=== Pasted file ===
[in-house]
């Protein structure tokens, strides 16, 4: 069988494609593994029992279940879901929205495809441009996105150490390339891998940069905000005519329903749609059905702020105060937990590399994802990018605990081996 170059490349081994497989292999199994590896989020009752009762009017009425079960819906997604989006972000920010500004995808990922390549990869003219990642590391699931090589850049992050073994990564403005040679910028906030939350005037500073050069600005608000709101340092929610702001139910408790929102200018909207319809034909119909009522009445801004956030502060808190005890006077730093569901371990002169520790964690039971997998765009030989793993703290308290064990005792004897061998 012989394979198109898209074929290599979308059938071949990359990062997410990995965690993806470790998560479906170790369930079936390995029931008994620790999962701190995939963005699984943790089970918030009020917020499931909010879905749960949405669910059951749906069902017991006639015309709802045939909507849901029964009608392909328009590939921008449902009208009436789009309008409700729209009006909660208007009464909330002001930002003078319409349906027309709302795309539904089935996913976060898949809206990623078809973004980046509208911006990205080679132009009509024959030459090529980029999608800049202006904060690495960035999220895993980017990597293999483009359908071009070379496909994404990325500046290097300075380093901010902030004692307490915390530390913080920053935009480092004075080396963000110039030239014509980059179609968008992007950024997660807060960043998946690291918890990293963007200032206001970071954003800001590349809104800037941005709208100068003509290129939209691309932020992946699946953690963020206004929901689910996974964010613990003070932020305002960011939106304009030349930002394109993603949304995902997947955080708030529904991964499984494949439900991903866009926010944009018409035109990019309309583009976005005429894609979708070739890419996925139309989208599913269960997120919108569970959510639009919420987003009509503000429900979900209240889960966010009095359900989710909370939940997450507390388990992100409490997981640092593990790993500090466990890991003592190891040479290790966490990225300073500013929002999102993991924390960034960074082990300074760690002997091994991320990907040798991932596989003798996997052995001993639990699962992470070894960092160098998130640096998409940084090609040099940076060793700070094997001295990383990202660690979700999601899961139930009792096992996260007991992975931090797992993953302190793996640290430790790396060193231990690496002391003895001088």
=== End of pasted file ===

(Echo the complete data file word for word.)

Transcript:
[in-house]
């Protein structure tokens, strides 16, 4: 069988494609593994029992279940879901929205495809441009996105150490390339891998940069905000005519329903749609059905702020105060937990590399994802990018605990081996 170059490349081994497989292999199994590896989020009752009762009017009425079960819906997604989006972000920010500004995808990922390549990869003219990642590391699931090589850049992050073994990564403005040679910028906030939350005037500073050069600005608000709101340092929610702001139910408790929102200018909207319809034909119909009522009445801004956030502060808190005890006077730093569901371990002169520790964690039971997998765009030989793993703290308290064990005792004897061998 012989394979198109898209074929290599979308059938071949990359990062997410990995965690993806470790998560479906170790369930079936390995029931008994620790999962701190995939963005699984943790089970918030009020917020499931909010879905749960949405669910059951749906069902017991006639015309709802045939909507849901029964009608392909328009590939921008449902009208009436789009309008409700729209009006909660208007009464909330002001930002003078319409349906027309709302795309539904089935996913976060898949809206990623078809973004980046509208911006990205080679132009009509024959030459090529980029999608800049202006904060690495960035999220895993980017990597293999483009359908071009070379496909994404990325500046290097300075380093901010902030004692307490915390530390913080920053935009480092004075080396963000110039030239014509980059179609968008992007950024997660807060960043998946690291918890990293963007200032206001970071954003800001590349809104800037941005709208100068003509290129939209691309932020992946699946953690963020206004929901689910996974964010613990003070932020305002960011939106304009030349930002394109993603949304995902997947955080708030529904991964499984494949439900991903866009926010944009018409035109990019309309583009976005005429894609979708070739890419996925139309989208599913269960997120919108569970959510639009919420987003009509503000429900979900209240889960966010009095359900989710909370939940997450507390388990992100409490997981640092593990790993500090466990890991003592190891040479290790966490990225300073500013929002999102993991924390960034960074082990300074760690002997091994991320990907040798991932596989003798996997052995001993639990699962992470070894960092160098998130640096998409940084090609040099940076060793700070094997001295990383990202660690979700999601899961139930009792096992996260007991992975931090797992993953302190793996640290430790790396060193231990690496002391003895001088």